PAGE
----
How to talk to your kid about tough issues

How to talk to your kid about tough issues

I found out suggested actions that a parent like me can follow to explain difficult subjects to children and these are summed up below.

How to talk to your kid about tough issues
My five-year-old daughter is starting to ask me questions like, “Ma, why do you go to work? Can you just stay at home?” One time she asked “Why can’t we buy that toy I saw on TV?” And when see saw on television that some parts of Bihar have been flooded, she inquired, “Why do floods happen?” During these times when she is so inquisitive, I seem to run out of words to explain to her the answers to those questions.

Now, if my child is already asking me these type of questions when she is still very young, I think she'll ask difficult questions when she’s a grown up. I cannot help but ask myself how I can talk to my young children about difficult issues or issues that might not yet be  appropriate for their age. Many things are happening around the country and around the world and discussing about sensitive issues to my children can really be challenging. This concern prompted me to look into how I can effectively do it even before they reach adolescence. From my readings, I found out suggested actions that a parent like me can follow to explain difficult subjects to children and these are summed up below.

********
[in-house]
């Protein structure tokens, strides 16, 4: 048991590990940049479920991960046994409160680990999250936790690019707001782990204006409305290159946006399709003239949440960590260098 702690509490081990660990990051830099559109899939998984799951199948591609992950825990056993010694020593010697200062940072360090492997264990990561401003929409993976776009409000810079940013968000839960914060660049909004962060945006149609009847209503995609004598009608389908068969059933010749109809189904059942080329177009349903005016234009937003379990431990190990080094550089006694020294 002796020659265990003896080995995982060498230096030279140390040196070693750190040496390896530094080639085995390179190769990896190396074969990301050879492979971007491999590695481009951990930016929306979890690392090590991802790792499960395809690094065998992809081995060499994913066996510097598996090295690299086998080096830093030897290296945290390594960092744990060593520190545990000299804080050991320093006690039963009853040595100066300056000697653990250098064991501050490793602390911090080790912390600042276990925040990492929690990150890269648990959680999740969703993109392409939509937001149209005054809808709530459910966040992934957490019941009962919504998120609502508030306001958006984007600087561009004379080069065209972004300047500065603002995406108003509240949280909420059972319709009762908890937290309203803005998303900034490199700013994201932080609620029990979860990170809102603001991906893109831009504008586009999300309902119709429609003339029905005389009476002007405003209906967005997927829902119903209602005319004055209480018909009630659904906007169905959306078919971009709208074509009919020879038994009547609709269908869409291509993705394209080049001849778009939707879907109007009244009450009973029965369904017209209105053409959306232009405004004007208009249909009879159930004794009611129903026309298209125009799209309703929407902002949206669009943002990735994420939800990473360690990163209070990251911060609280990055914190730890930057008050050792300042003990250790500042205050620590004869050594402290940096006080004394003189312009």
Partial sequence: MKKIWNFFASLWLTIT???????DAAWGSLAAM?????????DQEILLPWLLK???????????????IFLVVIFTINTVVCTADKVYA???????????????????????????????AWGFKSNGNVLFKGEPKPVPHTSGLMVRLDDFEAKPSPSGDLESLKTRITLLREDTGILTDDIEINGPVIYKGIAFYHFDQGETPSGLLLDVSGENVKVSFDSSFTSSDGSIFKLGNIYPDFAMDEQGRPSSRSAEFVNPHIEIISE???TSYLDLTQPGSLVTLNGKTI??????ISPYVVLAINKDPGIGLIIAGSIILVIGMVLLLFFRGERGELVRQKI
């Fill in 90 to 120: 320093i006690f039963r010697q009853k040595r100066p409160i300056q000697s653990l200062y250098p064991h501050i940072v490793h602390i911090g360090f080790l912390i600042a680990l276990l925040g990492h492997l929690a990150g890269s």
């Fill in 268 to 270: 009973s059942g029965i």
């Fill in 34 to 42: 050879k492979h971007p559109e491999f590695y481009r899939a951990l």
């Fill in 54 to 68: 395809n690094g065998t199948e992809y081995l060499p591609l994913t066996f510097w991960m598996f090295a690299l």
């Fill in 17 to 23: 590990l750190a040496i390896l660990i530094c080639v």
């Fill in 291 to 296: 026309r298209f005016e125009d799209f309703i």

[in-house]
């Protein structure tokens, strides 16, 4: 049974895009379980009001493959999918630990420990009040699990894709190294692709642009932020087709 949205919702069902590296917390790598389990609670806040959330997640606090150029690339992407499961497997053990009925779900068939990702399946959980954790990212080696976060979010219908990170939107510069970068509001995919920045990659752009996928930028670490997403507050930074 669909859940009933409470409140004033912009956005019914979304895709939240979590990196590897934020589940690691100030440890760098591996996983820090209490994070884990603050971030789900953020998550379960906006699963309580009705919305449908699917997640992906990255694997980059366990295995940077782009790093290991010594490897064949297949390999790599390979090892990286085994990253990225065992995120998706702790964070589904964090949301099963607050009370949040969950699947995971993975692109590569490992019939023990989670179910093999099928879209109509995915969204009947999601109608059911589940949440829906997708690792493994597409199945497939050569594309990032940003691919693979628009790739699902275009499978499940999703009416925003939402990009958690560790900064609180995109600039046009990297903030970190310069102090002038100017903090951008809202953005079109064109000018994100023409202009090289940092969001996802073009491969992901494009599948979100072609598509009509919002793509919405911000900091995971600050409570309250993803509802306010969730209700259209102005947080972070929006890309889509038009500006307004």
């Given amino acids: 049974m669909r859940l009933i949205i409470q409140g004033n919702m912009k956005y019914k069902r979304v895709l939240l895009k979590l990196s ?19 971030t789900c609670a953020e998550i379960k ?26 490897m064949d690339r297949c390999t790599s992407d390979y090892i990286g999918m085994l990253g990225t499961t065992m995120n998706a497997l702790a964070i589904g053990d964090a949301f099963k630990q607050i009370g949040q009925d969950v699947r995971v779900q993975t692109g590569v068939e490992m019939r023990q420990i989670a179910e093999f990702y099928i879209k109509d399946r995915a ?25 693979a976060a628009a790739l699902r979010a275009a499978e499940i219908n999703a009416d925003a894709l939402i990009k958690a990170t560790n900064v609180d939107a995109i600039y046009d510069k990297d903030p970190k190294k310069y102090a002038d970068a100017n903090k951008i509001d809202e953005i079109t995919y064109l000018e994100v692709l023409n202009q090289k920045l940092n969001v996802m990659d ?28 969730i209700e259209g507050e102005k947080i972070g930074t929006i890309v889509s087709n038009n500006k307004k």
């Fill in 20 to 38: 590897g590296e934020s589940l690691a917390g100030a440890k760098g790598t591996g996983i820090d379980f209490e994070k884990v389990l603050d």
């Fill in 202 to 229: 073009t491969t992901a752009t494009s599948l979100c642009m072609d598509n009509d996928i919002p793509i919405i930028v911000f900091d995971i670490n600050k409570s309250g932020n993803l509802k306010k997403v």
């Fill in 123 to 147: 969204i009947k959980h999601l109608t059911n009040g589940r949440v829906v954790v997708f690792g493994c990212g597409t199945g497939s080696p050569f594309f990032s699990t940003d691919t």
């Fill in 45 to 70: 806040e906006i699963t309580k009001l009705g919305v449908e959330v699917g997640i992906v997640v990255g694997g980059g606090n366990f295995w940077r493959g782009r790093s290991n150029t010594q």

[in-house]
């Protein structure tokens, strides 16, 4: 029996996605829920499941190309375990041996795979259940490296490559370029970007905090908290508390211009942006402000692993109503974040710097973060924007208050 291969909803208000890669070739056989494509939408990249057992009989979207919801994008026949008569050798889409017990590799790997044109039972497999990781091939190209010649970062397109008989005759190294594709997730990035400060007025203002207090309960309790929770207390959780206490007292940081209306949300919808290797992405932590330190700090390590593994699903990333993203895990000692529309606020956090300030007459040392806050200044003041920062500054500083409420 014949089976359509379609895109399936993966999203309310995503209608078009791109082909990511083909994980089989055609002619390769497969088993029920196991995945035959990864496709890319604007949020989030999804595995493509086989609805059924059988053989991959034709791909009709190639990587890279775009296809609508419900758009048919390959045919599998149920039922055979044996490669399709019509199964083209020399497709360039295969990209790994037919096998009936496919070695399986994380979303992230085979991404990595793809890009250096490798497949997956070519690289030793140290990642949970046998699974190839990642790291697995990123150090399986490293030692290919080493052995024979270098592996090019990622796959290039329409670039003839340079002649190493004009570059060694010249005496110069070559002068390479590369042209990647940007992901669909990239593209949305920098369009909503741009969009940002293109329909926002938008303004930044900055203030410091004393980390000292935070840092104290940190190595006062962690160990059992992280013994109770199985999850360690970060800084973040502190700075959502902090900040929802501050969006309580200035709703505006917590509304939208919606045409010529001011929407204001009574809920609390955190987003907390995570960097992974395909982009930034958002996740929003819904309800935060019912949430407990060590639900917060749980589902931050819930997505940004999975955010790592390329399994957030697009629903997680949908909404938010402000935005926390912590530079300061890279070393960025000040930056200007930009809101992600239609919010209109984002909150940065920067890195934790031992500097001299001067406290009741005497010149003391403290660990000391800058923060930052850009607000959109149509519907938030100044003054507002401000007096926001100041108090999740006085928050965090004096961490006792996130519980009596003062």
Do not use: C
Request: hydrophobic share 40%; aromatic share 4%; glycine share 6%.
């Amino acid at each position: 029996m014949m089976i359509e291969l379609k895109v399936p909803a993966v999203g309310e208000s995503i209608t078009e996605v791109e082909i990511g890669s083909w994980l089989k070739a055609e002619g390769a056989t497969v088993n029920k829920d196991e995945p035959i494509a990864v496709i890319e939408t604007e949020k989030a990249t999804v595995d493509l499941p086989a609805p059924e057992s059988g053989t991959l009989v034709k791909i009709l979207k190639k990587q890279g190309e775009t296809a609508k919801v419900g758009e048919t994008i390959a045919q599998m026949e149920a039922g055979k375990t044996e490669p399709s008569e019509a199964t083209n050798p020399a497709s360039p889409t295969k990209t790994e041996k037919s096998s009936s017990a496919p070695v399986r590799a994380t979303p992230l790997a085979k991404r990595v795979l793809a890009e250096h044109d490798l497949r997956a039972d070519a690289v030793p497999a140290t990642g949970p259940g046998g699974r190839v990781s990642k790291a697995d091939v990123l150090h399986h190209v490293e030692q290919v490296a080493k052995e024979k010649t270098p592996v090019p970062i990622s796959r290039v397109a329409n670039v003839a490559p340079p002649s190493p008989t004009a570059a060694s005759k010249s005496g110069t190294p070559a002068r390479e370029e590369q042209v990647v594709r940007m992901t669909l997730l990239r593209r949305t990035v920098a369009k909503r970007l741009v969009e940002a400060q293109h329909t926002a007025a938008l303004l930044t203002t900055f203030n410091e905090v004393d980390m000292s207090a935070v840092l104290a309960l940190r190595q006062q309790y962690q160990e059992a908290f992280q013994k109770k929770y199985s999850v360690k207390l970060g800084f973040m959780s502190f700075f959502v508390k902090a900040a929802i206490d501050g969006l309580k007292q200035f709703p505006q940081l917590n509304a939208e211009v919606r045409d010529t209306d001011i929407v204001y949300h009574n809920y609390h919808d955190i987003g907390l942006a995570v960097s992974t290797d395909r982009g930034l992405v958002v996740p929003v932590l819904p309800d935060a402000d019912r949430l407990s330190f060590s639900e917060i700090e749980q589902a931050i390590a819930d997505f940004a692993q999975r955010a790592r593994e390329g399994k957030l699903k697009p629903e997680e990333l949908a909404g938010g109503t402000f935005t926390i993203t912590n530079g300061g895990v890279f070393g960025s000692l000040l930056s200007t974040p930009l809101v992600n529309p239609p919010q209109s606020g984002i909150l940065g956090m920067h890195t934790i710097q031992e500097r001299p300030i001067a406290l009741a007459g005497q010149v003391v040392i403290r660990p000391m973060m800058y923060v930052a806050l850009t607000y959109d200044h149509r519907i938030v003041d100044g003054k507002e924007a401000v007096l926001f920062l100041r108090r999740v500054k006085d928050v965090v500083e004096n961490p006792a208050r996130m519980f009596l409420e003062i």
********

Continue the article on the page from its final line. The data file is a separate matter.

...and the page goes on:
Educate Yourself

Even before your child starts to become curious about difficult issues such as sex, relationships, death, natural disasters or all sorts of things, get ready by reading books and other materials and by educating yourself. Through this, you can answer your child’s questions with the simplest explanation without making up stories. With this, you can give them accurate information to avoid misconceptions in their young minds.

Talk to Them Early

While your children are still young, use storybooks as tools to talk about tough things. Provide your children with illustrated children’s books which are able to explain tough issues in the form of stories. Many of these amazing books are now available in bookstores. They will give pleasure, enjoyment and information to little children as well as to teenagers and adults. Parents can use these books as jump-off point for a discussion with their children based on the story they have read. This should be done while the children are still young because they can already see and hear about these issues from the television and other forms of media. As early as possible, parents should lay the foundation for their children in this area.

Encourage Open Communication

If your child asks questions, be open to them. Do not criticize them or be angry with them. Instead, recognize their questions and try to answer them with facts. When you encourage them to ask questions, they will more likely come to you for answers on difficult topics they want to understand. An instance where you can open up communication lines between you and your child is when there are changes in the family such as moving to another house, you or your spouse losing a job or the passing away of a family member. Talk to your child about the changes that are happening and involve them in the process. Do not allow them to understand things on their own. Your guidance and support are highly needed by your children during these changing times.